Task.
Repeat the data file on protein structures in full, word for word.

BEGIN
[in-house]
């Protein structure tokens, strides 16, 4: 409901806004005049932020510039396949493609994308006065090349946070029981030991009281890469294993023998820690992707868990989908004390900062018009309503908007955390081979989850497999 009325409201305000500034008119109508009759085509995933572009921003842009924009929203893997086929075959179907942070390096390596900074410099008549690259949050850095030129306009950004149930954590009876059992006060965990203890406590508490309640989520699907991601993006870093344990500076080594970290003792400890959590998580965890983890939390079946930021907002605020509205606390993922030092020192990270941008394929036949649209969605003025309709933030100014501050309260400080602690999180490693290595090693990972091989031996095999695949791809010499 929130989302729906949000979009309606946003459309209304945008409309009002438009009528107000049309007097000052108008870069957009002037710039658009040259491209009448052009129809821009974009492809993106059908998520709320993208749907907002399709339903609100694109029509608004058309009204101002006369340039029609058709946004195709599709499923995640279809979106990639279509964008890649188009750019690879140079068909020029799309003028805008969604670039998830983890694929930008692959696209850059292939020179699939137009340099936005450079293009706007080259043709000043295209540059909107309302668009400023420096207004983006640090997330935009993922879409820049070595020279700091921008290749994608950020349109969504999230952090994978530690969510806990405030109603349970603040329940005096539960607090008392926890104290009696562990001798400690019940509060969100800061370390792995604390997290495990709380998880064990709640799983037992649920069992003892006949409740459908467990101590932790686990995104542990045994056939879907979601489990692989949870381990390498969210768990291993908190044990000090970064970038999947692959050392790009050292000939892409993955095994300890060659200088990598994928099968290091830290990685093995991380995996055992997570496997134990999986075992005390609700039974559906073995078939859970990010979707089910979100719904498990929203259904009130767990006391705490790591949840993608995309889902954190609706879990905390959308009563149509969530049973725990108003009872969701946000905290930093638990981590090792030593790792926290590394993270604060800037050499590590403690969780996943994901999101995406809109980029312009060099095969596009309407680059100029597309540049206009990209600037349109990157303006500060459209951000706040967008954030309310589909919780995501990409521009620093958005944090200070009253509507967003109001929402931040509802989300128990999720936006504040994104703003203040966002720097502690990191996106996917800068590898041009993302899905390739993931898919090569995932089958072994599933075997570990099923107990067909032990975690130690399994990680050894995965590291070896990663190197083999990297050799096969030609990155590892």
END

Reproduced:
[in-house]
């Protein structure tokens, strides 16, 4: 409901806004005049932020510039396949493609994308006065090349946070029981030991009281890469294993023998820690992707868990989908004390900062018009309503908007955390081979989850497999 009325409201305000500034008119109508009759085509995933572009921003842009924009929203893997086929075959179907942070390096390596900074410099008549690259949050850095030129306009950004149930954590009876059992006060965990203890406590508490309640989520699907991601993006870093344990500076080594970290003792400890959590998580965890983890939390079946930021907002605020509205606390993922030092020192990270941008394929036949649209969605003025309709933030100014501050309260400080602690999180490693290595090693990972091989031996095999695949791809010499 929130989302729906949000979009309606946003459309209304945008409309009002438009009528107000049309007097000052108008870069957009002037710039658009040259491209009448052009129809821009974009492809993106059908998520709320993208749907907002399709339903609100694109029509608004058309009204101002006369340039029609058709946004195709599709499923995640279809979106990639279509964008890649188009750019690879140079068909020029799309003028805008969604670039998830983890694929930008692959696209850059292939020179699939137009340099936005450079293009706007080259043709000043295209540059909107309302668009400023420096207004983006640090997330935009993922879409820049070595020279700091921008290749994608950020349109969504999230952090994978530690969510806990405030109603349970603040329940005096539960607090008392926890104290009696562990001798400690019940509060969100800061370390792995604390997290495990709380998880064990709640799983037992649920069992003892006949409740459908467990101590932790686990995104542990045994056939879907979601489990692989949870381990390498969210768990291993908190044990000090970064970038999947692959050392790009050292000939892409993955095994300890060659200088990598994928099968290091830290990685093995991380995996055992997570496997134990999986075992005390609700039974559906073995078939859970990010979707089910979100719904498990929203259904009130767990006391705490790591949840993608995309889902954190609706879990905390959308009563149509969530049973725990108003009872969701946000905290930093638990981590090792030593790792926290590394993270604060800037050499590590403690969780996943994901999101995406809109980029312009060099095969596009309407680059100029597309540049206009990209600037349109990157303006500060459209951000706040967008954030309310589909919780995501990409521009620093958005944090200070009253509507967003109001929402931040509802989300128990999720936006504040994104703003203040966002720097502690990191996106996917800068590898041009993302899905390739993931898919090569995932089958072994599933075997570990099923107990067909032990975690130690399994990680050894995965590291070896990663190197083999990297050799096969030609990155590892």